Emergency department crowding: consensus development of potential measures

Ann Emerg Med. 2003 Dec;42(6):824-34. doi: 10.1016/S0196064403008163.


Study objective: We identify measures of emergency department (ED) and hospital workflow that would be of value in understanding, monitoring, and managing crowding.

Methods: A national group of 74 experts developed 113 potential measures using a conceptual model of ED crowding that segmented the measures into input, throughput, and output categories. Ten investigators then used group consensus methods to revise and consolidate them into a refined set of 30 measures that were rated by all 74 experts, who used a magnitude estimation technique on a Web site. Each measure was compared with a standard to obtain numeric ratings for feasibility, affordability, early warning potential, long-term planning potential, a summary rating of operational usefulness, and research potential. After review of the comprehensiveness of the resulting measures, 8 additional measures were developed and also rated by all reviewers.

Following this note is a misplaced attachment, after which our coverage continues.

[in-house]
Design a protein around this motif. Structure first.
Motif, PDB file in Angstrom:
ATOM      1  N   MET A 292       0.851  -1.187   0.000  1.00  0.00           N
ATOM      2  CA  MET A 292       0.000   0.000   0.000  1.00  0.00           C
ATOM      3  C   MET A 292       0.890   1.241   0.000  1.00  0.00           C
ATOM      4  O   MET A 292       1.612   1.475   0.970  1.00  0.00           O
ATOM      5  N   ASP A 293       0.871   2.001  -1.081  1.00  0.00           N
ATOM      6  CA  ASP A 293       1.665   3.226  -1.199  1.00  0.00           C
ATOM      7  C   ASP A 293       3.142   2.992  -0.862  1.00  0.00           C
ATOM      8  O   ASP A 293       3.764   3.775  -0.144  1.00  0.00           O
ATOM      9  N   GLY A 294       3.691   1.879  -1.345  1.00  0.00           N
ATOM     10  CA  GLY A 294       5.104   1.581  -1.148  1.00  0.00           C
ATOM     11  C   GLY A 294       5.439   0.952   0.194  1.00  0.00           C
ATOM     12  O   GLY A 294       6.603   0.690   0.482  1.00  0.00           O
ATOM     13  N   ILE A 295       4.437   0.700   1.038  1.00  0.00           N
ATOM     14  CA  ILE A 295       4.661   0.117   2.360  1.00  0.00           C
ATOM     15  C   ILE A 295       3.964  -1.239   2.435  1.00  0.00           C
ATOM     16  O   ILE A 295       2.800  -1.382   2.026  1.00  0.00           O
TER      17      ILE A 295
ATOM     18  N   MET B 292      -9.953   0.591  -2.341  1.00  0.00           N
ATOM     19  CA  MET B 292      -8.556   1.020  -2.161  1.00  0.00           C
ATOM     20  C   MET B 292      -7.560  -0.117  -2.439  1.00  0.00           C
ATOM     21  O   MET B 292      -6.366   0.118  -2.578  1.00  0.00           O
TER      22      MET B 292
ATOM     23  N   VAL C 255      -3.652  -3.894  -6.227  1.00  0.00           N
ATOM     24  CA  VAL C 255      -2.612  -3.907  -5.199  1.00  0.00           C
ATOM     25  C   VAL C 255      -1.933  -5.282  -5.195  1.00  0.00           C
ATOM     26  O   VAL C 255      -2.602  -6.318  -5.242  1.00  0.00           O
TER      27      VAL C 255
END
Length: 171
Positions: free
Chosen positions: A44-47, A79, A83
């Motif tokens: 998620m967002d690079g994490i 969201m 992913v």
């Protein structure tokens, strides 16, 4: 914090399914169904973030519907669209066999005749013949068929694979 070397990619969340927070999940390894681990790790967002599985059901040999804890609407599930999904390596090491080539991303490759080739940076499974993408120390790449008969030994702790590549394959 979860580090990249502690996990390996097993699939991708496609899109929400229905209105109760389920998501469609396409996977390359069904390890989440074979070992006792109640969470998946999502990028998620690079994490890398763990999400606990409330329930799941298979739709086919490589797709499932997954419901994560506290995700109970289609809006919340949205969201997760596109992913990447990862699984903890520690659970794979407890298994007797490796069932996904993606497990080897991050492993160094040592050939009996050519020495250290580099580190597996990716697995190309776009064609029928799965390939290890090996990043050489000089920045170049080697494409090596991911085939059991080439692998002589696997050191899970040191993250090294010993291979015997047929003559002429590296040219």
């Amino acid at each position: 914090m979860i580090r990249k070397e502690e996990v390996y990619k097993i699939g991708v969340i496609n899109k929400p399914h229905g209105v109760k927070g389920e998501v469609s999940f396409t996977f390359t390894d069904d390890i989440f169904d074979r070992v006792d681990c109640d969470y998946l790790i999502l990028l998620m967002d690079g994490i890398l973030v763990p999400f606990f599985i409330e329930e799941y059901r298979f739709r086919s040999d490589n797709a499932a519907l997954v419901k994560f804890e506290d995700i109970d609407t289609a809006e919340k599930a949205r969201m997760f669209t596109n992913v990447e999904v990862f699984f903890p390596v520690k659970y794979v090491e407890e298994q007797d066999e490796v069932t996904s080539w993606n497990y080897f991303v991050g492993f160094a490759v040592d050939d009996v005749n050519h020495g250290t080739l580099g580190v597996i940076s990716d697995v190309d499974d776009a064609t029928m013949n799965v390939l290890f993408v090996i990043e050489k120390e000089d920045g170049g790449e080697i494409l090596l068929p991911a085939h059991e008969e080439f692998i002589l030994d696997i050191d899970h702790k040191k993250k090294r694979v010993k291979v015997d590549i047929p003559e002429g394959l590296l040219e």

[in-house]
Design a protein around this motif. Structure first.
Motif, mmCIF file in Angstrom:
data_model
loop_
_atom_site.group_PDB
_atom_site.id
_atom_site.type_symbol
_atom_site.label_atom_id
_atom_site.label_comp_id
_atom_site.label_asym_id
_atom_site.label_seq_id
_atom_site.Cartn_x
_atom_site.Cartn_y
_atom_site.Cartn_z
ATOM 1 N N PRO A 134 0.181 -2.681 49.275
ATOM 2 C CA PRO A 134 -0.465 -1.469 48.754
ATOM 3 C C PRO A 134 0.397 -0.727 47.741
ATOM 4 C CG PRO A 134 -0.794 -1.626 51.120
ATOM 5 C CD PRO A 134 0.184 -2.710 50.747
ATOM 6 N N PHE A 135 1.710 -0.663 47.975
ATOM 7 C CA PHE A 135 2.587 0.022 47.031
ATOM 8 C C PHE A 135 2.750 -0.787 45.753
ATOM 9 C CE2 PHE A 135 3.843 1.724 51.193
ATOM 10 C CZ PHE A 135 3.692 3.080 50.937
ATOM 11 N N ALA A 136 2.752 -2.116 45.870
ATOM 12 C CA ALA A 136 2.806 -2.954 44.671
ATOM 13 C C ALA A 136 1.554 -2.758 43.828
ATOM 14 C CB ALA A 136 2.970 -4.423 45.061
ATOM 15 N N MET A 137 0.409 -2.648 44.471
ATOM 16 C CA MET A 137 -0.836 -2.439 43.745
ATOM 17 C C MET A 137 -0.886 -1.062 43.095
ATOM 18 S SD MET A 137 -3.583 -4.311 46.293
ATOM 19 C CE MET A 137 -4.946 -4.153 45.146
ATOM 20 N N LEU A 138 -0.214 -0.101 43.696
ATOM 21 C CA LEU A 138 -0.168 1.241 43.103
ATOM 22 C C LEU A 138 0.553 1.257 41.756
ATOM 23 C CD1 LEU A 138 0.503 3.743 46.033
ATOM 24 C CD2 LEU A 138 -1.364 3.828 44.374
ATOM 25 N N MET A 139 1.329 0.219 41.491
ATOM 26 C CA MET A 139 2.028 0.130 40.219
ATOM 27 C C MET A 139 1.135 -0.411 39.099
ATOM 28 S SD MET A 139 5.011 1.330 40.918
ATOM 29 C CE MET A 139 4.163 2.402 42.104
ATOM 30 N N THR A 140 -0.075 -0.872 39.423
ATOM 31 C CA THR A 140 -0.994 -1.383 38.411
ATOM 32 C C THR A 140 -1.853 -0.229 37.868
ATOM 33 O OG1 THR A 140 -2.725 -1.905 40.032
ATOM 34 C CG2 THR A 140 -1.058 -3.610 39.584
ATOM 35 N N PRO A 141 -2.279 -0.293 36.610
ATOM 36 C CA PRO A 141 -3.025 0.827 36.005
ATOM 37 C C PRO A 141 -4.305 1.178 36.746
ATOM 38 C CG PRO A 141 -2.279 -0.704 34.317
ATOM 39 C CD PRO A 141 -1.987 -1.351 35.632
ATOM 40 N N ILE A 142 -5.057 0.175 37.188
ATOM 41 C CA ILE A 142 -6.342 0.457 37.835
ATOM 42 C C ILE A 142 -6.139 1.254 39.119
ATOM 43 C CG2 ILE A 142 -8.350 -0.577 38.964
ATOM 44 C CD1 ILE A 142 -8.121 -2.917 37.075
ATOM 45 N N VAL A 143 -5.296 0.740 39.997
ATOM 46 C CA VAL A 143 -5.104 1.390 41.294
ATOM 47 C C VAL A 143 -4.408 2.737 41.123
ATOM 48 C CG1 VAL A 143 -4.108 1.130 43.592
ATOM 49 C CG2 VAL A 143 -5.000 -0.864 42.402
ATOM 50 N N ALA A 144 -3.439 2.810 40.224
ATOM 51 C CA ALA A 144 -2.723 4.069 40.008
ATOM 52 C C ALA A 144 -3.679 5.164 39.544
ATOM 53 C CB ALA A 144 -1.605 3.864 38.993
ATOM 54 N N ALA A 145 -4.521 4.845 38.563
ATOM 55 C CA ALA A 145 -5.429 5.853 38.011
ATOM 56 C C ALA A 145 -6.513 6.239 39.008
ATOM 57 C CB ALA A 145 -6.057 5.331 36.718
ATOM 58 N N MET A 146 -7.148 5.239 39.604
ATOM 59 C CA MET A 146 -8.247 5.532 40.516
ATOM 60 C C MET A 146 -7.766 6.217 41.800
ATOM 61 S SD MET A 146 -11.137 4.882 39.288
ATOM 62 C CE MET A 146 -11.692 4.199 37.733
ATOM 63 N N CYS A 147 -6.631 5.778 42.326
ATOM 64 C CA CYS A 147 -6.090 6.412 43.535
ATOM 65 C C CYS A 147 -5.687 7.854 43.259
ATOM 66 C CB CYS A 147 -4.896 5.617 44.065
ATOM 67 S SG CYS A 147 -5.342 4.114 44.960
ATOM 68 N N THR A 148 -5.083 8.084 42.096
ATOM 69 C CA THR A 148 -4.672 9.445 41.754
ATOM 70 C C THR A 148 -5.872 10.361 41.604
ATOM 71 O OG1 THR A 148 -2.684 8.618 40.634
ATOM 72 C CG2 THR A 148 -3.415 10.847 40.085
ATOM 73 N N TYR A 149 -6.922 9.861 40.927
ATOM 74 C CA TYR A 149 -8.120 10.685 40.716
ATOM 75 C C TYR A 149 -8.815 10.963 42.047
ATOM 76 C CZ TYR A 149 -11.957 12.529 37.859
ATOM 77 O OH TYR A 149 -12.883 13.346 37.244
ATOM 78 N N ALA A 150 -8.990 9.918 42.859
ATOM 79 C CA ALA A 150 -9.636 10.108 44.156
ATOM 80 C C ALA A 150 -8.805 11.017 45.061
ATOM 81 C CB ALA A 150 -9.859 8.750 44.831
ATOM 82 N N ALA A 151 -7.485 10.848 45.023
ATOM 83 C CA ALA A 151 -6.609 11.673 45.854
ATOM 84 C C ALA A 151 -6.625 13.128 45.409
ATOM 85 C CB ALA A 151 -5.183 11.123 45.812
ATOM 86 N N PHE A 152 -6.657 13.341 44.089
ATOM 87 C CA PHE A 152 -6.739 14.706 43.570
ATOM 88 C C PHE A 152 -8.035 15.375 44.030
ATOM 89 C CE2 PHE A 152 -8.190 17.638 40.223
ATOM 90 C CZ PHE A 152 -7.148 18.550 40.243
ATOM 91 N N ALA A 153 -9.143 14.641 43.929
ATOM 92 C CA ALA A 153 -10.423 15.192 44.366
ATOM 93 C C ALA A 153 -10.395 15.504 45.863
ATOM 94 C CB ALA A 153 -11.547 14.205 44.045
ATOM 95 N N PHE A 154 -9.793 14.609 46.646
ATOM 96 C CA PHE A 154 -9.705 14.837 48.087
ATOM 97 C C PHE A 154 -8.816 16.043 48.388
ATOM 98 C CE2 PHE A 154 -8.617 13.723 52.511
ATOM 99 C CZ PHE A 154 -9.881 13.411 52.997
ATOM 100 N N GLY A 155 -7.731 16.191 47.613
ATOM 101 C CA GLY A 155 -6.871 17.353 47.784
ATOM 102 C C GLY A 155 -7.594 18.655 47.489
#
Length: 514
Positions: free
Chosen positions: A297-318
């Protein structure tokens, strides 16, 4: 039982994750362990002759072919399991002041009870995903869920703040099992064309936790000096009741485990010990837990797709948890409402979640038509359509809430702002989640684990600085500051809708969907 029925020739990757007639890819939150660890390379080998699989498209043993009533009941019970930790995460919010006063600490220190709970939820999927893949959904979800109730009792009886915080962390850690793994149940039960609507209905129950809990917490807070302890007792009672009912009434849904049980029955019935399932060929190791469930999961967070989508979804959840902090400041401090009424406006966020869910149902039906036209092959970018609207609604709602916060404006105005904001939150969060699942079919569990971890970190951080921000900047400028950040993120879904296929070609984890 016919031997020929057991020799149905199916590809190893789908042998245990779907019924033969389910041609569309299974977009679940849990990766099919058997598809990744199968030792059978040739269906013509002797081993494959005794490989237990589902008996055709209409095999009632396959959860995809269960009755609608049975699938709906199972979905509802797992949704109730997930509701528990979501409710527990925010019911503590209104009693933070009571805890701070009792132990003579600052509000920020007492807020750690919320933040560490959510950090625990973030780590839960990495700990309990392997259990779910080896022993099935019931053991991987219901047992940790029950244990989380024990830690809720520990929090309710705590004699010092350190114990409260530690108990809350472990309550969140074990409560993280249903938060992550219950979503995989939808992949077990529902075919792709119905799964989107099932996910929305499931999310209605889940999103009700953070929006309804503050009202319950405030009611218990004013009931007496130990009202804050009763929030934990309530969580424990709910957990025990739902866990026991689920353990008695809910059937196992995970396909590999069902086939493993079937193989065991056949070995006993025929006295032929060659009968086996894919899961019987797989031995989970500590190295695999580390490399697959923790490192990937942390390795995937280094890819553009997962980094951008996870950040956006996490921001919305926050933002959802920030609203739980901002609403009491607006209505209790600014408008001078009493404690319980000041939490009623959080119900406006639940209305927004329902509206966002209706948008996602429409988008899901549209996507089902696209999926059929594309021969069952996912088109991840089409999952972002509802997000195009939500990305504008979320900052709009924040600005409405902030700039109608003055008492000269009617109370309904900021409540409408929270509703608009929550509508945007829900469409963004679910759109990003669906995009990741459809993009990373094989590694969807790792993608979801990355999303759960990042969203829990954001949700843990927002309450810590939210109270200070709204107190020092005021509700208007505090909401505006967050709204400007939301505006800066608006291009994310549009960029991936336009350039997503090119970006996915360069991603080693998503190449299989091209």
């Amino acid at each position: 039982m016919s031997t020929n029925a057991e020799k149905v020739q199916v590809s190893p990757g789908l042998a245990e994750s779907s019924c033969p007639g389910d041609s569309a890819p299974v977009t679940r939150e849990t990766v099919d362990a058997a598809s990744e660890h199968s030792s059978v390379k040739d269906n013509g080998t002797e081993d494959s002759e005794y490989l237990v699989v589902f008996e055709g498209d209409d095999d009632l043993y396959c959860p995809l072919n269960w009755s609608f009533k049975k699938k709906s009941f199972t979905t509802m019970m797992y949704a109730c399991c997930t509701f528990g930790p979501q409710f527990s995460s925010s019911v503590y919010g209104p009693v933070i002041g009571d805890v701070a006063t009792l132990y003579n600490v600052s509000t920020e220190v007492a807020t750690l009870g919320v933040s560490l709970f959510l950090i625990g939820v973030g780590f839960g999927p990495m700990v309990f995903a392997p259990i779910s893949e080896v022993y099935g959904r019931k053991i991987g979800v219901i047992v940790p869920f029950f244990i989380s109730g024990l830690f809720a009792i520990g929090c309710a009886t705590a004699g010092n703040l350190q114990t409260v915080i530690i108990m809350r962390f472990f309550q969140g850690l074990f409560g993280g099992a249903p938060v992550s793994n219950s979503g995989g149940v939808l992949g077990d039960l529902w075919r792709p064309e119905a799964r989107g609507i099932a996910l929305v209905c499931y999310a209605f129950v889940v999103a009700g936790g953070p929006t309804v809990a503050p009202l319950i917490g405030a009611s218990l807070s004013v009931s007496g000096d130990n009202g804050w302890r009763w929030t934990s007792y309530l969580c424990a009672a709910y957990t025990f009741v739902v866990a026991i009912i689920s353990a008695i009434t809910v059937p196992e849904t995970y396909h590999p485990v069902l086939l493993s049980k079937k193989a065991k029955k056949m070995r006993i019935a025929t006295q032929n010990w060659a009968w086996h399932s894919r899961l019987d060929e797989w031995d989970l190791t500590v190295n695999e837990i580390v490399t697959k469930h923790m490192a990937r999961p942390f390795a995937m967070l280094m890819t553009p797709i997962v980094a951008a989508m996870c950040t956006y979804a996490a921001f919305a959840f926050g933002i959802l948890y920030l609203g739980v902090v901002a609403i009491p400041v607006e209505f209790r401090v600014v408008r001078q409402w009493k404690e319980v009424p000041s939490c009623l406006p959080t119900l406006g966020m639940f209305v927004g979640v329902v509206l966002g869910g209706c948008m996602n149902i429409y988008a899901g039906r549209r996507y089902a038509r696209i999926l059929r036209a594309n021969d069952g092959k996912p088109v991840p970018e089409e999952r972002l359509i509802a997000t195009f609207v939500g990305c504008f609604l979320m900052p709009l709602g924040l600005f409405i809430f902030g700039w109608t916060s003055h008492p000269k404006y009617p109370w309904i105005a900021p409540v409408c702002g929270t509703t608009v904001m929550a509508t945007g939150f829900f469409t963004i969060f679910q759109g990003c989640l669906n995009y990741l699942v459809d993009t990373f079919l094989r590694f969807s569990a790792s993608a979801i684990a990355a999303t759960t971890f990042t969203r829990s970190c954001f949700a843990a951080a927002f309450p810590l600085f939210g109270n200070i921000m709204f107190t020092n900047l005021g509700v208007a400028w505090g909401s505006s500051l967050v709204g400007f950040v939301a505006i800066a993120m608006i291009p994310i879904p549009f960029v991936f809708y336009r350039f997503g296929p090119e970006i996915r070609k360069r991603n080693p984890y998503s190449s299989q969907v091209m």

Results: The original set of 113 measures (46 input, 35 throughput, and 32 output) was reduced to 38 through the iterative revision and rating process (15 input, 9 throughput, and 14 output). Summary scores in each rating category showed significant variation in ratings among the various potential measures. For measures that address similar concepts, the priority ranking depended on the rating category chosen.

Conclusion: The final 38 measures of ED and hospital workflow provide a useful pool from which EDs and policymakers can draw to improve their ability to understand and address the issue of ED crowding. These measures require rigorous testing for feasibility, reliability, and value.

Publication types

  • Research Support, U.S. Gov't, P.H.S.

MeSH terms

  • Consensus*
  • Emergency Service, Hospital / organization & administration*
  • Health Facility Planning / methods*
  • Health Services Needs and Demand / organization & administration*
  • Hospital Bed Capacity
  • Humans
  • Models, Organizational
  • United States